Not every success story gets a sequel. The Great Society, Robert Schenkkan’s follow-up to his Tony-winning play All the Way, renders President Lyndon B Johnson’s second term an overstuffed yet still somewhat tedious office drama. It is less an illuminating history play with fully drawn characters than a dense and particularly animated lesson in facts and figures.
Brian Cox (currently on HBO’s Succession) tackles the beast of a protagonist, a self-sworn man of the people fated to betray them. To Cox’s great credit, Johnson is the sole palpable human to emerge from dialogue otherwise composed of negotiations, politicking and historical exposition among the play’s more than 50 characters. Cox plays a president believably torn between his moral commitment to help those suffering at home and demands that he pursue war in Vietnam.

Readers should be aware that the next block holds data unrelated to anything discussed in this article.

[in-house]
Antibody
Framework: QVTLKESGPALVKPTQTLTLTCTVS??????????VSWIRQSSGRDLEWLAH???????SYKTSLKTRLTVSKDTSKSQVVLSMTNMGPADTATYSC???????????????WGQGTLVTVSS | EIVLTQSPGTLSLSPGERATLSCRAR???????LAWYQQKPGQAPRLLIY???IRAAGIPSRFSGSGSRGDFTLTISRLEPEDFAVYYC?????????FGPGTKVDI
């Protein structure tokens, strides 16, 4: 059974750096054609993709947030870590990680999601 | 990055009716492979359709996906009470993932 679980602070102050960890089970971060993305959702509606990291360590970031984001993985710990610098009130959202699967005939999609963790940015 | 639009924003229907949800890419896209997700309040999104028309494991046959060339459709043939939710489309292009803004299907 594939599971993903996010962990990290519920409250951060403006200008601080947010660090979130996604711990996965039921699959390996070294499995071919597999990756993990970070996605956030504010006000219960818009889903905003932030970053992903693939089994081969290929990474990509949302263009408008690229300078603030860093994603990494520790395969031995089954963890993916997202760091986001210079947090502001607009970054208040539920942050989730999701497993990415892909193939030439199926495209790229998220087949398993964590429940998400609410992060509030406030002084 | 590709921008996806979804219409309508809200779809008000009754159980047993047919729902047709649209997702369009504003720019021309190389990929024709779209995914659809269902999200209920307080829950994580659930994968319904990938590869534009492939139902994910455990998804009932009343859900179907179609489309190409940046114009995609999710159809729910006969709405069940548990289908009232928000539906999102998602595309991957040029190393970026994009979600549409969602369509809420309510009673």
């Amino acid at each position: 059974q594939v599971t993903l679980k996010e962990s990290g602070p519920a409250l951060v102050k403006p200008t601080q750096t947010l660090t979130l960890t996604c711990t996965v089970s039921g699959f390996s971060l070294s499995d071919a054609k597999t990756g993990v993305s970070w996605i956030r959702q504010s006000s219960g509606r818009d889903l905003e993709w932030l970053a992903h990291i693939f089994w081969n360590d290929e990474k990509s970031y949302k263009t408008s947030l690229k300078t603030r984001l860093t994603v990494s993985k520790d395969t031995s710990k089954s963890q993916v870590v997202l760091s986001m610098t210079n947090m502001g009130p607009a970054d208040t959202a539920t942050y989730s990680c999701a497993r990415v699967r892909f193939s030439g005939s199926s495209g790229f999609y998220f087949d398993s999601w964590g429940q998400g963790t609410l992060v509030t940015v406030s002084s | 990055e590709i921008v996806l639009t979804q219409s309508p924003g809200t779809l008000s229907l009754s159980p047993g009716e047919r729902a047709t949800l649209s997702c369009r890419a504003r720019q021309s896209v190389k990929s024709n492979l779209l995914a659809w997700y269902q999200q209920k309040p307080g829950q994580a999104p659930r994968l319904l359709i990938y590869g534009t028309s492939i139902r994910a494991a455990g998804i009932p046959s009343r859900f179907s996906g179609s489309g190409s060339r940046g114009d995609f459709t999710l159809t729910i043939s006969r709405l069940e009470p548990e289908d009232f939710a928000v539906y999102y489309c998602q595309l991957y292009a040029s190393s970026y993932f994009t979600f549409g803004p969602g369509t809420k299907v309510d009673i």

But rather than investigate this battle of conscience, The Great Society positions it as an occupational hazard. In director Bill Rauch’s production, the office assumes centre stage in David Korns’ puzzling scenic design. While projections and props are used to thinly recreate action beyond the White House, landmark Civil Rights battles feel reduced to administrative matters. Ever-present TV screens and seating for actors on three sides suggest themes of surveillance and perception the production rarely make evident.
Schenkkan, Cox, and an esteemed ensemble distil relevant and complex history into a single evening, just not a particularly entertaining one.